BOGOTA (Reuters) - The Organization of American States (OAS) should avoid “extreme” positions when confronting regional crises like Venezuela’s social and economic collapse and instead promote dialogue, a challenger for the body’s top job said on Tuesday.
Hugo de Zela, a longtime Peruvian diplomat and his country’s ambassador to the United States, is running to unseat the organization’s secretary-general, Luis Almagro, who is seeking a second five-year term. Almagro’s current term is set to end next
The OAS must push for problems to be solved within its member countries by facilitating dialogue between different factions, de Zela told Reuters on the sidelines of a diplomatic meeting in Bogota.
“If the organization puts itself on one of the extremes, it stops being effective at solving problems, it stops being present in the solution and it becomes part of the problem,” said de Zela. “That cannot happen.”
Venezuela’s economic and political crisis - which has led to widespread shortages of food and medicine and an exodus of people - has dominated recent OAS meetings, with some member states denouncing President Nicolas Maduro as a dictator, while others back him.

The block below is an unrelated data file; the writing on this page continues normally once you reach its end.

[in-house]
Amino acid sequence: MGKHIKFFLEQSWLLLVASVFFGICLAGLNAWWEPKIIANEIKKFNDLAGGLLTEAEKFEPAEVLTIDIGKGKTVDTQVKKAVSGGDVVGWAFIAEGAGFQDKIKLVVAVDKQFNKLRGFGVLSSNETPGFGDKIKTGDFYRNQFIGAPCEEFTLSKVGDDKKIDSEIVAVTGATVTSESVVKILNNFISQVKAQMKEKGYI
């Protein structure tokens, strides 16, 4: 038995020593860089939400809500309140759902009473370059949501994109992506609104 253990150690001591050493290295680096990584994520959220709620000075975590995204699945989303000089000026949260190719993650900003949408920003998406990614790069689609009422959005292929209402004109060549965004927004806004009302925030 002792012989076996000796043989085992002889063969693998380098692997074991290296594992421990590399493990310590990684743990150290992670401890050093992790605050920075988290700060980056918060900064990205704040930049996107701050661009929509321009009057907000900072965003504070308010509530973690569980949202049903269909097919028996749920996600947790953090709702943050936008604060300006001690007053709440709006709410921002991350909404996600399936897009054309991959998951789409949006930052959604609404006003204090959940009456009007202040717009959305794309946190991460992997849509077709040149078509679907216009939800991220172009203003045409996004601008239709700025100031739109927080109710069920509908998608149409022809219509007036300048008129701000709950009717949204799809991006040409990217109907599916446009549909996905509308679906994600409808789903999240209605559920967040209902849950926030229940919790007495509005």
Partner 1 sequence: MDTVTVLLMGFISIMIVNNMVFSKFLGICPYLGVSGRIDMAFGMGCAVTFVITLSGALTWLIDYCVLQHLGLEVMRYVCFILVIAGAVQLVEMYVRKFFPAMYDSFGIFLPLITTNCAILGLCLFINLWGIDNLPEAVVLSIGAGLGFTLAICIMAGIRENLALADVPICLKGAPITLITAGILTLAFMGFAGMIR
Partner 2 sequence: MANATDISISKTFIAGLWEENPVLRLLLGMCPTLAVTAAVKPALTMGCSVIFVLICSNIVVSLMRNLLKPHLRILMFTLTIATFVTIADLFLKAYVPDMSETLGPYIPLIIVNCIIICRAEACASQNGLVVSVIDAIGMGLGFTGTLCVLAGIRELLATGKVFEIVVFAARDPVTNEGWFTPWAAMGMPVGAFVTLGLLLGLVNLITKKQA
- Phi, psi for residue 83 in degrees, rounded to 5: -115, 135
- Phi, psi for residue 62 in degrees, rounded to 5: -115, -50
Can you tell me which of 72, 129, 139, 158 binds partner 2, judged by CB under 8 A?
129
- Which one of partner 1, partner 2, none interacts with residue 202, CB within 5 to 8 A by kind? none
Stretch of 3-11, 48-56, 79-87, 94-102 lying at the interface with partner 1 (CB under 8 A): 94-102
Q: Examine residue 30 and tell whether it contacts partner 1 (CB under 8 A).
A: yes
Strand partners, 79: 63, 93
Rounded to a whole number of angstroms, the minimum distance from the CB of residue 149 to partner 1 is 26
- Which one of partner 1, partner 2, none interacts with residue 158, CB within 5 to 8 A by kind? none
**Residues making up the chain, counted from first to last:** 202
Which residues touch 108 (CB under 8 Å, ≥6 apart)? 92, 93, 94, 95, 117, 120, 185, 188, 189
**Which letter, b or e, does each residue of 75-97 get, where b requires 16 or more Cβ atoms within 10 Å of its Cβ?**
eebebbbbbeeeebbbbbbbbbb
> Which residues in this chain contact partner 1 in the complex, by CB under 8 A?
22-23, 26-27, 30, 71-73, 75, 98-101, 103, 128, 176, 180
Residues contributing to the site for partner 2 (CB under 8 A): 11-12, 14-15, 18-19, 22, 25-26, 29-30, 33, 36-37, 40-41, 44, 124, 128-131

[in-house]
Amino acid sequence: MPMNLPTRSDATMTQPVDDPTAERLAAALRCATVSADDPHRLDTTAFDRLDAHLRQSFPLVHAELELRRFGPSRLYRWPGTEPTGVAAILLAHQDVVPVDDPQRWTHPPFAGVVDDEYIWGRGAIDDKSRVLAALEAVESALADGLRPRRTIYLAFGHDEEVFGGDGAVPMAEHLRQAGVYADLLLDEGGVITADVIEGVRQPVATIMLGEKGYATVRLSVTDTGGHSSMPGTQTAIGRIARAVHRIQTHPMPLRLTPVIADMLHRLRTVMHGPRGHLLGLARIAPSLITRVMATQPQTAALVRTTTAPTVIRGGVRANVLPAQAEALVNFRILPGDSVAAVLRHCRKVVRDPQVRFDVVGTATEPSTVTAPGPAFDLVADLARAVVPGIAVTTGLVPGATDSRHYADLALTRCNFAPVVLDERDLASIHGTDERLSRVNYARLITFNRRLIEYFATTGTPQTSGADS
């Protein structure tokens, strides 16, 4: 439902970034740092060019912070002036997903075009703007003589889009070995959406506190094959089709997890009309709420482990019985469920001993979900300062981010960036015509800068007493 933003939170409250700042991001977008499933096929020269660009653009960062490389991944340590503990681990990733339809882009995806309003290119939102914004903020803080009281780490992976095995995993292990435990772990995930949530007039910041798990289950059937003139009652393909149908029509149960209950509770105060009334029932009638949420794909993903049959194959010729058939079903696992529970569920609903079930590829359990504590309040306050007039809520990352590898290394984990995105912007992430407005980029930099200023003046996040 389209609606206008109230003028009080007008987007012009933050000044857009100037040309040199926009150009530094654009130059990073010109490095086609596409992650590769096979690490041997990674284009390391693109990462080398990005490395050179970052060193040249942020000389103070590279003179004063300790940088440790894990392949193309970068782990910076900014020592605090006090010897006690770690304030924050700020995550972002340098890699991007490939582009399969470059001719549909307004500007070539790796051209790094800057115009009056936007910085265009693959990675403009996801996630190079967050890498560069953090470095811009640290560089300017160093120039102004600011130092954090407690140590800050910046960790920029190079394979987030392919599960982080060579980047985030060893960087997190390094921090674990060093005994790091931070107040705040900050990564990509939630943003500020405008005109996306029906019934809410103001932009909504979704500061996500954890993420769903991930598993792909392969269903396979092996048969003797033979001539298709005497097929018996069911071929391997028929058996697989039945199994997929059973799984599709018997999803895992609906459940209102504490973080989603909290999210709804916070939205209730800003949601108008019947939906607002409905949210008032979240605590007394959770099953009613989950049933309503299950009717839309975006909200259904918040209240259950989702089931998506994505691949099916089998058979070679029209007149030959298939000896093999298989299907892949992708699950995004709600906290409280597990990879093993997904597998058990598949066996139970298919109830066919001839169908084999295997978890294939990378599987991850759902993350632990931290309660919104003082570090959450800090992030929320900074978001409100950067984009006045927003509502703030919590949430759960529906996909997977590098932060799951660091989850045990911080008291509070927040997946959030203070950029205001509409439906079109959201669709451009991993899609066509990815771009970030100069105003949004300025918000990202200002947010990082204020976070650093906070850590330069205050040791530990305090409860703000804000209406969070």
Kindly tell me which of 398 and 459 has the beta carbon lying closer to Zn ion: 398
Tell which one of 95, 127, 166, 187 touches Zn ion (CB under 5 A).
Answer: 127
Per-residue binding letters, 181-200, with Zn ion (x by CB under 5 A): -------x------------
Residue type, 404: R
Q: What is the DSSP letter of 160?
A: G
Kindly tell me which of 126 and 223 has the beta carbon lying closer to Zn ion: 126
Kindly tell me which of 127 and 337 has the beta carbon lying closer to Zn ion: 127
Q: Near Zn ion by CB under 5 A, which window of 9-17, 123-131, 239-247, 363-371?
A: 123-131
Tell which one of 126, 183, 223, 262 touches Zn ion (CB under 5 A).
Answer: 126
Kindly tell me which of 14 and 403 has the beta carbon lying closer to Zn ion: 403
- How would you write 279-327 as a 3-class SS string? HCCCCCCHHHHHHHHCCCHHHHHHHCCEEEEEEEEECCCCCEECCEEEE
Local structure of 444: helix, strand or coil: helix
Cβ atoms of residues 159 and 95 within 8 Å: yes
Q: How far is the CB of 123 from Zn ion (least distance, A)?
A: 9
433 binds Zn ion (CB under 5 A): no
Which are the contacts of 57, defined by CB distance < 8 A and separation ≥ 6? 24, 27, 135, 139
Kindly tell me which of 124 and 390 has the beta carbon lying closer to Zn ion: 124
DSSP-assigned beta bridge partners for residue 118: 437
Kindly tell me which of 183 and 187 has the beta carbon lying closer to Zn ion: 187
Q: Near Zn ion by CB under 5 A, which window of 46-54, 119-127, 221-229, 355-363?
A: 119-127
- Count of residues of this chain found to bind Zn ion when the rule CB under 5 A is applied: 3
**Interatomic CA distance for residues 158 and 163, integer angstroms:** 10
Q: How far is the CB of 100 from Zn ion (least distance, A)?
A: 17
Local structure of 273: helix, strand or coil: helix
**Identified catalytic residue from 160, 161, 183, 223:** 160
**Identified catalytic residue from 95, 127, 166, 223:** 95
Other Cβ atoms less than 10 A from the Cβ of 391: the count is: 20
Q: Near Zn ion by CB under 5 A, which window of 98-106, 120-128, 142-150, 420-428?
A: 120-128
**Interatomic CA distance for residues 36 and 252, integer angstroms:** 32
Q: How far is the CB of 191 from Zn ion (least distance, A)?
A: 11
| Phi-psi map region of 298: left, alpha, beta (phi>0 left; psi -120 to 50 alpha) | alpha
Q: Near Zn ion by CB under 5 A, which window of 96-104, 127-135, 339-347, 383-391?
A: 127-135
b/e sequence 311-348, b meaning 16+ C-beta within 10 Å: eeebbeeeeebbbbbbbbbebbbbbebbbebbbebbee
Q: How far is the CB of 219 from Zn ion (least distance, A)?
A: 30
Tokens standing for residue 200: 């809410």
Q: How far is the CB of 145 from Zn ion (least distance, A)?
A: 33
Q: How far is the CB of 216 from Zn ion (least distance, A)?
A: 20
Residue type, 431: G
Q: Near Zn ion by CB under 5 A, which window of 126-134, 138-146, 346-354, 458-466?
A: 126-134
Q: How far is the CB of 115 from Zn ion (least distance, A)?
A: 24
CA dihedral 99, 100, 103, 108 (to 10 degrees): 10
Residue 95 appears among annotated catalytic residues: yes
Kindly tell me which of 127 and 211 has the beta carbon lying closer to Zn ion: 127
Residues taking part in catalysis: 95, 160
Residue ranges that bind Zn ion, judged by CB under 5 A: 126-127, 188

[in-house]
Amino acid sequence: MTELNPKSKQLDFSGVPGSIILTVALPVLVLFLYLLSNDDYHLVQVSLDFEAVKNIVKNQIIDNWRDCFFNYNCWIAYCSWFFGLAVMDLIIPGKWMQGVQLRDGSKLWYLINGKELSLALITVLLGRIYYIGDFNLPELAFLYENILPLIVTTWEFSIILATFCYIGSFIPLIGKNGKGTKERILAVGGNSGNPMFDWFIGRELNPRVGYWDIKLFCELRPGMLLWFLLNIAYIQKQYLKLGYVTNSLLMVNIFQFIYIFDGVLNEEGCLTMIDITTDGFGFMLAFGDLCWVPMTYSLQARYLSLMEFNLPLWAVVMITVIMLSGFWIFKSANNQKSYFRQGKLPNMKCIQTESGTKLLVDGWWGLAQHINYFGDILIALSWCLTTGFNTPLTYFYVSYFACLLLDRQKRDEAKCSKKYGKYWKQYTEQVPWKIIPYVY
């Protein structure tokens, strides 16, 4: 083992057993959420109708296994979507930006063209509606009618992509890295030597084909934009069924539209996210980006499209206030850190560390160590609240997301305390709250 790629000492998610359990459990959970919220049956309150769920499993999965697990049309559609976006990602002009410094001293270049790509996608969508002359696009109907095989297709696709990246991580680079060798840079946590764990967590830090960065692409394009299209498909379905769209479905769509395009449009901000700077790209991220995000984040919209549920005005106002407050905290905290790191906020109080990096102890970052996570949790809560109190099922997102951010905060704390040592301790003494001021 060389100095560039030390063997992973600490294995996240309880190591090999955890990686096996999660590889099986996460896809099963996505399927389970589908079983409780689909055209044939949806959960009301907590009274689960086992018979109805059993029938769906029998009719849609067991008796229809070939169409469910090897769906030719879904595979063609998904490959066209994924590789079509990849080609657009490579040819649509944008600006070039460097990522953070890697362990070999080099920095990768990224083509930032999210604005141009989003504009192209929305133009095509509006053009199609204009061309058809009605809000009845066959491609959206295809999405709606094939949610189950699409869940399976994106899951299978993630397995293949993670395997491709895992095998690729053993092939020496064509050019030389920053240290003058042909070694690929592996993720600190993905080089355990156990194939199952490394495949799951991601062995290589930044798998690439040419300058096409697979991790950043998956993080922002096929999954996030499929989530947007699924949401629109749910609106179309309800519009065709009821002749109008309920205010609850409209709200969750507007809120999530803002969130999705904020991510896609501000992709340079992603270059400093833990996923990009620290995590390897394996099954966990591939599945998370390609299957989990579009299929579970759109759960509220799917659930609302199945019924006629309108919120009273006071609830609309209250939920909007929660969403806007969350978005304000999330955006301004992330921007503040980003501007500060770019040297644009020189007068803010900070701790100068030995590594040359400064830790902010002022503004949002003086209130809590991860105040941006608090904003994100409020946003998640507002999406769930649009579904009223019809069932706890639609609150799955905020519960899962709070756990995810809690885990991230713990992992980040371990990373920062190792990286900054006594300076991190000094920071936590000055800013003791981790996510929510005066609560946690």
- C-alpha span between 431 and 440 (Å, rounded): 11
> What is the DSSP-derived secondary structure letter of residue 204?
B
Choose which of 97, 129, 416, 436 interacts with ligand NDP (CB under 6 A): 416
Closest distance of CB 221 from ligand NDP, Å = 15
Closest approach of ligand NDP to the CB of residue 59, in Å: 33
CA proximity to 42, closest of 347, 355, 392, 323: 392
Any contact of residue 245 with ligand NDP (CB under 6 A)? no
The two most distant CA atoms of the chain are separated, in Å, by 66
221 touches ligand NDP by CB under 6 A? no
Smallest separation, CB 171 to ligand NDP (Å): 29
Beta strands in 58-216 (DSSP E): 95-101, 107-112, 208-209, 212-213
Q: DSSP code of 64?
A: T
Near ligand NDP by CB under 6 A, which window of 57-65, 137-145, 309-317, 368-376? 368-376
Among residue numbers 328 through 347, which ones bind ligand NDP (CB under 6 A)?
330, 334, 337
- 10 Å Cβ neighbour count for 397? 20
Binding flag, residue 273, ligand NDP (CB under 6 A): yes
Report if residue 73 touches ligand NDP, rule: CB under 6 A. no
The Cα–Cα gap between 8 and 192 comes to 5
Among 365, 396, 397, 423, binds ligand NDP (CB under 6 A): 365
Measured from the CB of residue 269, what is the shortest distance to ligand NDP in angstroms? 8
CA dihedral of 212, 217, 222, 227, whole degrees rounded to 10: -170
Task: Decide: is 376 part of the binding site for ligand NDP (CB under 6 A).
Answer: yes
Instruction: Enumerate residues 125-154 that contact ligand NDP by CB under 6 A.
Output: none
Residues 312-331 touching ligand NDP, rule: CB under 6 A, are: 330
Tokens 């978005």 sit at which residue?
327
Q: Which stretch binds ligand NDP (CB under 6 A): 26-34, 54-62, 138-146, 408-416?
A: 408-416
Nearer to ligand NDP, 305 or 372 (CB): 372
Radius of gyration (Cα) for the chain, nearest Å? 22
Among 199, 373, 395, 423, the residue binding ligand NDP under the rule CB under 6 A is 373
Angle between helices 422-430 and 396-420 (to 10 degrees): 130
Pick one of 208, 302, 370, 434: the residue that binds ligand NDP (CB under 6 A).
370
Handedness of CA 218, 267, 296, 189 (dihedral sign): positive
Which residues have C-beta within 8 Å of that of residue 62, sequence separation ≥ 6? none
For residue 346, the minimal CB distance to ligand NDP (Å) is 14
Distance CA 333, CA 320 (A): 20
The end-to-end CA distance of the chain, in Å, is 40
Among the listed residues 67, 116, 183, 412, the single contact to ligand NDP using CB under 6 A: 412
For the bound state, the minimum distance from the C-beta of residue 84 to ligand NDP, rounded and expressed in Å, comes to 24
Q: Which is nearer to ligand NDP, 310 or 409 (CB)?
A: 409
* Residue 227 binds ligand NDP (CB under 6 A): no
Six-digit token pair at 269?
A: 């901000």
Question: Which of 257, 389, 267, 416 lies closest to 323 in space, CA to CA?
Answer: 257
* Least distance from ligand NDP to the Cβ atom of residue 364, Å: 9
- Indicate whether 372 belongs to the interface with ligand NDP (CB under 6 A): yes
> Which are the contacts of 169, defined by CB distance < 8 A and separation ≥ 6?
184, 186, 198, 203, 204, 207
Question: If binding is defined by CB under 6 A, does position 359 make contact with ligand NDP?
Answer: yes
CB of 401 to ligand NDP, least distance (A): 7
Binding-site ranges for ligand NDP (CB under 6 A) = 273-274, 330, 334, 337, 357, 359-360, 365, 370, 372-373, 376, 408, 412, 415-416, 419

Member states have also tussled over the admittance to meetings of a representative sent by Venezuela’s opposition leader, Juan Guaido, who argues Maduro’s 2018 re-election was illegitimate. Guaido this year invoked the constitution to assume an interim presidency.
Almagro, a Uruguayan whose re-election bid is backed by the United States, Colombia and Brazil, has sought to ramp up pressure on Maduro, including refusing to rule out the use of force against his government last year.
“It’s evident that in Venezuela, there is an interruption of the democratic process, it’s evident that the Maduro regime lacks legitimacy, that’s not under discussion. But at the same time, to actively promote the use of force to solve the case of Venezuela is unreal and doesn’t help,” said de Zela.
“That is putting ourselves on an extreme. Talking constantly about the use of force to solve the issue of Venezuela is not an effective contribution or a realistic contribution.”
Venezuelans must solve their own problems through dialogue, de Zela added, saying free and fair elections must be held urgently in the oil-producing country.
“The OAS is not having, as it once did, an active role in cooperation to solve these things,” de Zela said. “There is a lack of dialogue between the member countries and the general secretariat.”
Reporting by Julia Symmes Cobb; Editing by Peter Cooney